How to ensure threatened species monitoring leads to threatened species conservation

Natasha M. Robinson, Ben C. Scheele, Sarah Legge, Darren M. Southwell, Oberon Carter, Mark Lintermans, James Q. Radford, Anja Skroblin, Chris R. Dickman, Jessica Koleck, Adrian F. Wayne, John Kanowski, Graeme R. Gillespie, David B. Lindenmayer

Research output: Contribution to journalArticlepeer-review

46 Citations (Scopus)


Monitoring is essential for effective conservation and management of threatened species and ecological communities. However, more often than not, threatened species monitoring is poorly implemented, meaning that conservation decisions are not informed by the best available knowledge. We outline challenges and provide best-practice guidelines for threatened species monitoring, informed by the diverse perspectives of 26 conservation managers and scientists from a range of organisations with expertise across Australian species and ecosystems. Our collective expertise synthesised five key principles that aim to enhance the design, implementation and outcomes of threatened species monitoring. These principles are (i) integrate monitoring with management; (ii) design fit-for-purpose monitoring programs; (iii) engage people and organisations; (iv) ensure good data management; and (v) communicate the value of monitoring. We describe how to incorporate these principles into existing frameworks to improve current and future monitoring programs. Effective monitoring is essential to inform appropriate management and enable better conservation outcomes for our most vulnerable species and ecological communities.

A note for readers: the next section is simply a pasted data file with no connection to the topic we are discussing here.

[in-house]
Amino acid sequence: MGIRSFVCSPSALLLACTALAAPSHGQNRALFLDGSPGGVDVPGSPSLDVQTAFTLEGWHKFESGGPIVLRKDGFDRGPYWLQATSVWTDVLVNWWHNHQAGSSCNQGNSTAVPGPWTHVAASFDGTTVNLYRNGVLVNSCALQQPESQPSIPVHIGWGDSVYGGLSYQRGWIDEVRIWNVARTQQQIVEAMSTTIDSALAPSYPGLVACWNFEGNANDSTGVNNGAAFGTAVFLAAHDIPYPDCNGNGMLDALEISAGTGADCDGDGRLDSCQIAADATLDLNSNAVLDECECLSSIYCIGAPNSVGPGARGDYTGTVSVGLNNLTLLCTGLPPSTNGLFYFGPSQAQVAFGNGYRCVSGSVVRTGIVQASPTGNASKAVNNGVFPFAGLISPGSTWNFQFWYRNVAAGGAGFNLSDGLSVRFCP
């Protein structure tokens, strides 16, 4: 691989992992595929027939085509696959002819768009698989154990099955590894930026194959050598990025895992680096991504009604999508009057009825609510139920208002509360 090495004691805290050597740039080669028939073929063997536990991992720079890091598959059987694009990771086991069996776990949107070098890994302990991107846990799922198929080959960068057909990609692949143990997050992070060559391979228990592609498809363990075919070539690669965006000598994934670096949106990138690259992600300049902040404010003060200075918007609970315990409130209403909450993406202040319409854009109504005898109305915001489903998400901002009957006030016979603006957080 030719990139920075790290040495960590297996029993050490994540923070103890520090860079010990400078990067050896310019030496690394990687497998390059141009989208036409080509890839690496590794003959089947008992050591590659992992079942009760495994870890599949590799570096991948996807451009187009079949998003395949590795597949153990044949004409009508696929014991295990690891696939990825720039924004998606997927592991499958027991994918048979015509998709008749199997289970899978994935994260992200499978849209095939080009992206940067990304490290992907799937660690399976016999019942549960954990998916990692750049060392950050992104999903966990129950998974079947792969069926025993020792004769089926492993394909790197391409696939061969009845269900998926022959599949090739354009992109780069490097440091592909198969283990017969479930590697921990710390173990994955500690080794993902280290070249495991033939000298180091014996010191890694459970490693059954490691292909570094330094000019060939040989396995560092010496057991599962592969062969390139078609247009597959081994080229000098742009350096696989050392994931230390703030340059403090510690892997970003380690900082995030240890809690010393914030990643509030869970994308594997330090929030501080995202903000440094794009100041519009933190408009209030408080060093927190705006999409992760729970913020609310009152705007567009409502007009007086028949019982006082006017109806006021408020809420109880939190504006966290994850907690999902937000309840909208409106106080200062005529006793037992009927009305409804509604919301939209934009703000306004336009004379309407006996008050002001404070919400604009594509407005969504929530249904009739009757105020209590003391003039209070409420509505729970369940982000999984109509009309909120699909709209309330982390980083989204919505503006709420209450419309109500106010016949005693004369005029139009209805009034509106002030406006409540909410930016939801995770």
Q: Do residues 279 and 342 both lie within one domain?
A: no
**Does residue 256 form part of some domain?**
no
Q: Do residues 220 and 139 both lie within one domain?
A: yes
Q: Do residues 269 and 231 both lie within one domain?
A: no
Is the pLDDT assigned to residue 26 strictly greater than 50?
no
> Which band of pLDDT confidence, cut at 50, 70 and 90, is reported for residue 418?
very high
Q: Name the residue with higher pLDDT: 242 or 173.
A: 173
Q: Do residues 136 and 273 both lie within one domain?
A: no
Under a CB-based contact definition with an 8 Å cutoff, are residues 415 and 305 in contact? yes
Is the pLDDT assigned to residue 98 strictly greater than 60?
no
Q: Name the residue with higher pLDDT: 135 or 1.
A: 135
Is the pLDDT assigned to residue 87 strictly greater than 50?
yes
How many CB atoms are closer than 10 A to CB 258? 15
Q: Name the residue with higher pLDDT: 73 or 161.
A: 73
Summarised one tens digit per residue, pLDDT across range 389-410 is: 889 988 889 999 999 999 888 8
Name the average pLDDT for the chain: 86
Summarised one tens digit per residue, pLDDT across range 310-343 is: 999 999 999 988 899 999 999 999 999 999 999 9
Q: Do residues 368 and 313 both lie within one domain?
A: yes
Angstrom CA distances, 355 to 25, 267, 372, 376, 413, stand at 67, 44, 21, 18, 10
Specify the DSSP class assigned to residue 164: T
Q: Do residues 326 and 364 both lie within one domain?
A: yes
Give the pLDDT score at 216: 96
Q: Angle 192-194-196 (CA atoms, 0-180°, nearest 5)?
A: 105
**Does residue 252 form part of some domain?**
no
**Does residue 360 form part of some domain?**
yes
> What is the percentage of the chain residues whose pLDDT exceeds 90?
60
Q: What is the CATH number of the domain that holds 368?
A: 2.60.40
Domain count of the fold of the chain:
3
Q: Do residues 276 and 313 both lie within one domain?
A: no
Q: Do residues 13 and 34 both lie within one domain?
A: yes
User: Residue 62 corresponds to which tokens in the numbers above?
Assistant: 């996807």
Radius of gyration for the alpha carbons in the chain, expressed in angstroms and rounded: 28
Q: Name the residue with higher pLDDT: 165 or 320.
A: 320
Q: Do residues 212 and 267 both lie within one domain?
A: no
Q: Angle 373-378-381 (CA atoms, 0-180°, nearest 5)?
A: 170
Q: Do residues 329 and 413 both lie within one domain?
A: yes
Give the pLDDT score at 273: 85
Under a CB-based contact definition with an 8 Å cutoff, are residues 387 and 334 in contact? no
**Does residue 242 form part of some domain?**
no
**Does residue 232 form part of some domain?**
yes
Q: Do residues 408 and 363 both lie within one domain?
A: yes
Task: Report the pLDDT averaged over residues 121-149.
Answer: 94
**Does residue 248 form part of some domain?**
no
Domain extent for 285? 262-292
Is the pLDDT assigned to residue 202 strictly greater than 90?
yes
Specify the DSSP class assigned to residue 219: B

Original languageEnglish
Pages (from-to)222-229
Number of pages8
JournalEcological Management and Restoration
Issue number3
Publication statusPublished - Sept 2018


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